Trump always lashes out when he’s cornered. He told me so years ago.

The president’s tweets and public remarks will only get wilder as the Russia investigation narrows.

In less than two hours, he managed to criticize his own FBI; peddle a new conspiracy theory; attack James B. Comey, Hillary Clinton and ABC; and draw more attention to the Russia probe that has already implicated several of his aides.
.. As someone who spent hundreds of hours observing Trump so I could write “The Art of the Deal,” I find his increasingly extreme behavior entirely consistent and predictable.
.. For five decades now, Trump’s pattern has been that the more aggrieved and vulnerable he feels, the more intensely he doubles down on the behaviors that have always worked for him in the past.
Sunday’s tweetstorm won’t be the last time the president indulges in self-pity, deceit and deflection. In all likelihood, it will get worse.
.. Trump’s first move in the face of criticism has always been to assume the role of victim. “Unfair” has long been one of his favorite words. He always perceives himself as the victim, so he feels justified in lashing back at his perceived accusers.

.. Here’s how he explained the tactic in “The Art of the Deal”:

“When people treat me badly or unfairly or try to take advantage of me, my attitude, all my life, has been to fight back very hard.”

And this:

“Sometimes, part of making a deal is denigrating your competition.”

In the weeks ahead, Trump will also probably double down on lying, even as he falsely accuses others of being dishonest. Consider his remarkable recent suggestion to aides that his remarks on the “Access Hollywood” tape about assaulting women might not be real — even though he has already publicly acknowledged that they were his, and apologized for them. Trump regularly rewrites his narrative, using what Kellyanne Conway has called “alternative facts,” to fit whatever he wants to believe and convey in any given moment. This is classic “gaslighting” — a blend of lying, denial, insistence and intimidation designed to fuel uncertainty and doubt in others about what’s actually true.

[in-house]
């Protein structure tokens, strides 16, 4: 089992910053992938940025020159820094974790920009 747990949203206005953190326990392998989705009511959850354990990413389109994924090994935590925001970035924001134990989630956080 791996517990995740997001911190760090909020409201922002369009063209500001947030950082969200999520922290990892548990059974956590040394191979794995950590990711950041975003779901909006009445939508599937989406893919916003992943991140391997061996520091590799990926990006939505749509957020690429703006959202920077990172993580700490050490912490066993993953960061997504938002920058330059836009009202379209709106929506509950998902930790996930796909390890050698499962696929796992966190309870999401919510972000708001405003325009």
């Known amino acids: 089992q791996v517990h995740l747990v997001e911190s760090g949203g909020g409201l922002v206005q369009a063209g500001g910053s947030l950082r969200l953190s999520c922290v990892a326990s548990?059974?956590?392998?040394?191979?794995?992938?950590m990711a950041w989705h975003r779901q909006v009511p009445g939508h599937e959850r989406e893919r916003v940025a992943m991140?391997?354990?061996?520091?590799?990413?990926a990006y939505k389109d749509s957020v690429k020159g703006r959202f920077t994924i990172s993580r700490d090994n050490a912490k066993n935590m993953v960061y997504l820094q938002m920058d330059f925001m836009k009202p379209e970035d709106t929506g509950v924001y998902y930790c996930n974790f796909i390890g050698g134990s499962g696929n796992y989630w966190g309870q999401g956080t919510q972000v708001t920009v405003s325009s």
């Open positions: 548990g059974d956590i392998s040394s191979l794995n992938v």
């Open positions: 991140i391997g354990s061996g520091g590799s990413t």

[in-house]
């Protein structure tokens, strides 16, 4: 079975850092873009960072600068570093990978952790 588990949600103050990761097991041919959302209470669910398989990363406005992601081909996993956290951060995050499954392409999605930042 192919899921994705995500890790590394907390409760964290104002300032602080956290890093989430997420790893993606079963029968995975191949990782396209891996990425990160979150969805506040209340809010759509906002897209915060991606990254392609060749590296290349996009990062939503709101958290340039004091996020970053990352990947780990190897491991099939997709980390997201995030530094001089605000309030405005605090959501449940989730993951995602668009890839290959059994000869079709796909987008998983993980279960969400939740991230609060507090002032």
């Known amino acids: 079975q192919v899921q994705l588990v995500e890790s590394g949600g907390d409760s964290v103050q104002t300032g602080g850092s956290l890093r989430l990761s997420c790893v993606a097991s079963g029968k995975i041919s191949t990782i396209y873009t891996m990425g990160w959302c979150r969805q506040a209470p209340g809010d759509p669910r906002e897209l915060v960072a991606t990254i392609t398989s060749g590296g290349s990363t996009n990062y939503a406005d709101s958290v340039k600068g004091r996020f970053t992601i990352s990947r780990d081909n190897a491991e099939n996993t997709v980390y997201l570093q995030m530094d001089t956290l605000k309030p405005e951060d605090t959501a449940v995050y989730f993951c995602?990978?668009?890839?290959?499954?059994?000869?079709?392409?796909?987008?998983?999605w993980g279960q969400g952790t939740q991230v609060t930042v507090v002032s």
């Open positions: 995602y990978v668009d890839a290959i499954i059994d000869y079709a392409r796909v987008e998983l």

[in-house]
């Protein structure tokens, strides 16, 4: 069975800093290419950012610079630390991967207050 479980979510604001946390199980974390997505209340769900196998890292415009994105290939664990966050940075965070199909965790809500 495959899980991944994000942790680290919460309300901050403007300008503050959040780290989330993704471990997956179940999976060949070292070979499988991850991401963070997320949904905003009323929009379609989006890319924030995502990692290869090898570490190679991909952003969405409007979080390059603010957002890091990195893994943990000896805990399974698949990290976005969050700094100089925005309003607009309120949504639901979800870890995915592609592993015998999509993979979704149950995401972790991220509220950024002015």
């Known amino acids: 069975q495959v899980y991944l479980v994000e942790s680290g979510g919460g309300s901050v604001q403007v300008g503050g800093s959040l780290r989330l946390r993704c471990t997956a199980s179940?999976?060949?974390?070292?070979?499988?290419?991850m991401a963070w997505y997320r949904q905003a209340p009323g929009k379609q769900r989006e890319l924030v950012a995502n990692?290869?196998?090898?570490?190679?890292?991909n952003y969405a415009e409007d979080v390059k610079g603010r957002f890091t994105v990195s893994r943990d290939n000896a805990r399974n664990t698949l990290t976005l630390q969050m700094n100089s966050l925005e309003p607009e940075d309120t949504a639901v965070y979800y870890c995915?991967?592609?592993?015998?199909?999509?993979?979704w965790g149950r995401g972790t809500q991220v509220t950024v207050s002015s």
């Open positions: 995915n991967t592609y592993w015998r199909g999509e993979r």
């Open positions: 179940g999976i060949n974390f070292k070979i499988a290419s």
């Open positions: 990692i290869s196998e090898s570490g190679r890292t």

In the time I spent with Trump, I concluded that lying became second nature to him long ago, both because he lacked any conscience about being deceptive and because he discovered that he could get away with it. “Truthful hyperbole” is the sanitized term I gave lying in “The Art of the Deal,” with Trump’s blessing. I have never met someone, before or since, who was untruthful so effortlessly.

In Trump’s mind, he is only doing what’s required to win. Here’s the way he describes himself in “The Art of the Deal”: “Despite what people think, I’m not looking to be the bad guy when it isn’t absolutely necessary.”

.. The more threatened Trump feels by troublesome facts, the more preposterous the lies he will tell.

.. To get the outcome he wants, he’s willing to be scorned, parodied and even reviled in ways most of us are not. “I’m the first to admit,” he said in “The Art of the Deal,” “that I am very competitive and that I’ll do nearly anything within legal bounds to win.” He is willing to flatter, cajole and seduce, or bully, threaten and humiliate, depending on which approach he thinks will work best.

..  I watched him switch between these modes countless times during the 18 months I spent around him.

.. If he was getting what he wanted from someone on a call, he’d invariably sign off with, “You’re the greatest, you’re the best.” If he wasn’t getting his way, he was equally comfortable hurling insults and making threats.

.. The more frequent and aggressive Trump’s tweets become, the more threatened and vulnerable he is probably feeling. But he also knows that this approach can work.

.. The other predictable pattern for Trump is his approach to loyalty. He expects it unconditionally — more so when his behaviors prompt backlash — but he provides it only as long as he gets unquestioning adulation in return.

.. One of the most revealing relationships in Trump’s life was with Roy Cohn, best known as the chief counsel to Sen. Joseph McCarthy

.. For more than a decade, Cohn fought hard on Trump’s behalf and was fiercely loyal to him. They often spoke multiple times in a day. But when Cohn became ill with AIDS in 1984, Trump dropped him immediately.

..  I can’t remember a single occasion during the time I spent around Trump when he seemed genuinely interested in the welfare of another human being, including any of his three then-young children. And at that time, he was under vastly less stress than he is now. If either Jared Kushner or Donald Trump Jr. become Mueller’s next target, I can’t help wondering what Trump will perceive as his self-interest.

 

Judge Tells Uber Lawyer: ‘It Looks Like You Covered This Up’

The last-minute evidence quickly mounted. A letter and an email full of damning claims. Apps that sent self-destructing messages. A payment of $4.5 million to an employee who threatened to be a whistle-blower — and an additional $3 million to his lawyer.